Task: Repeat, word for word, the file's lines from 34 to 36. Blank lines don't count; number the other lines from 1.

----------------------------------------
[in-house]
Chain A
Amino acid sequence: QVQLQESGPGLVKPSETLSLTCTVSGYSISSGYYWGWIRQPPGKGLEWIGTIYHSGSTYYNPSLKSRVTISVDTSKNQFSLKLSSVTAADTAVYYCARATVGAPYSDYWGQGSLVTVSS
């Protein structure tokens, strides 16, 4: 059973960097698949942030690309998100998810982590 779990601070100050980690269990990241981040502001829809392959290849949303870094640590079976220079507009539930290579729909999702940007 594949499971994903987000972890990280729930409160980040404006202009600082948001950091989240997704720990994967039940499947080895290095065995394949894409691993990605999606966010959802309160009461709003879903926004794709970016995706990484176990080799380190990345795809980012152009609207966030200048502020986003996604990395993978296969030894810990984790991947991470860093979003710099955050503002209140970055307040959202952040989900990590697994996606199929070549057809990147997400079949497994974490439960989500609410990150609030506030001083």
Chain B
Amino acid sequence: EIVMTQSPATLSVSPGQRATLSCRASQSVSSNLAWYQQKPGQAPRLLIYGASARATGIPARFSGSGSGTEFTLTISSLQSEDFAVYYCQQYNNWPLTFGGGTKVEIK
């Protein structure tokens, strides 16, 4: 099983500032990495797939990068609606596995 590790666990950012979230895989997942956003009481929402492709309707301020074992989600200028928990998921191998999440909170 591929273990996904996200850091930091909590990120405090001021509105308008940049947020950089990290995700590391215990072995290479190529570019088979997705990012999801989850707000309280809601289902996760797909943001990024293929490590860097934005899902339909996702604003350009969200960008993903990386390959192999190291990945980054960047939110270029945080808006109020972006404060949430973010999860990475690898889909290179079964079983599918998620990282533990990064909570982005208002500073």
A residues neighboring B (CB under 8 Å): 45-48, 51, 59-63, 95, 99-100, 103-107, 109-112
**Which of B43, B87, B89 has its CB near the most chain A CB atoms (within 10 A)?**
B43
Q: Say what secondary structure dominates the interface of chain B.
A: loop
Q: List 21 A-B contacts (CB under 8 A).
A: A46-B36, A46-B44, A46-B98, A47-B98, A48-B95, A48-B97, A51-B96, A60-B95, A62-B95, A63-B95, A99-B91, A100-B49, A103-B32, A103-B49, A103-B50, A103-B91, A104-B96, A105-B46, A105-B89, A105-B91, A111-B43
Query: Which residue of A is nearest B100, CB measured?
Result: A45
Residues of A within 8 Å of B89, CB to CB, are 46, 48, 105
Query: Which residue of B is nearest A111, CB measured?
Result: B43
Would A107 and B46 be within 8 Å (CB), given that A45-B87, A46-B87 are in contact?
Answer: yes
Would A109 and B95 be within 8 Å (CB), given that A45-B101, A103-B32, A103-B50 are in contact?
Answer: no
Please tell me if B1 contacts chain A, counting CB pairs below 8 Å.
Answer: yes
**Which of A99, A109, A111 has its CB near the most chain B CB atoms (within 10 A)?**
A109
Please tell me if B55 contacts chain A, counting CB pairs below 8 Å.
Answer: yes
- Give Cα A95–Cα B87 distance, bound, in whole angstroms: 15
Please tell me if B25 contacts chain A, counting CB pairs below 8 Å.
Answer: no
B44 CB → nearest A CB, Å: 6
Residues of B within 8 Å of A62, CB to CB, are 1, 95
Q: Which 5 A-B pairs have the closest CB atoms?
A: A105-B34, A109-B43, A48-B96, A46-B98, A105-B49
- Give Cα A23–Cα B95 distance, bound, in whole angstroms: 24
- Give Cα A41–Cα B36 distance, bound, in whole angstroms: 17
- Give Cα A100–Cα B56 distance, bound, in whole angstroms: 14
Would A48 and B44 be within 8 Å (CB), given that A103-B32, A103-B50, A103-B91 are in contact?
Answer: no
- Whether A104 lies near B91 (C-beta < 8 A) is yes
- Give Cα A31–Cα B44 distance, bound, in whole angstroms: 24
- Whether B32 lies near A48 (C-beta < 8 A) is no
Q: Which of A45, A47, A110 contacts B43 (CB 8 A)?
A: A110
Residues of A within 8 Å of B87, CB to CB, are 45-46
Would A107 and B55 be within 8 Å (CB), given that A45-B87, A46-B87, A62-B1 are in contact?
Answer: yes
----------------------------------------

Residues of B within 8 Å of A62, CB to CB, are 1, 95
Q: Which 5 A-B pairs have the closest CB atoms?
A: A105-B34, A109-B43, A48-B96, A46-B98, A105-B49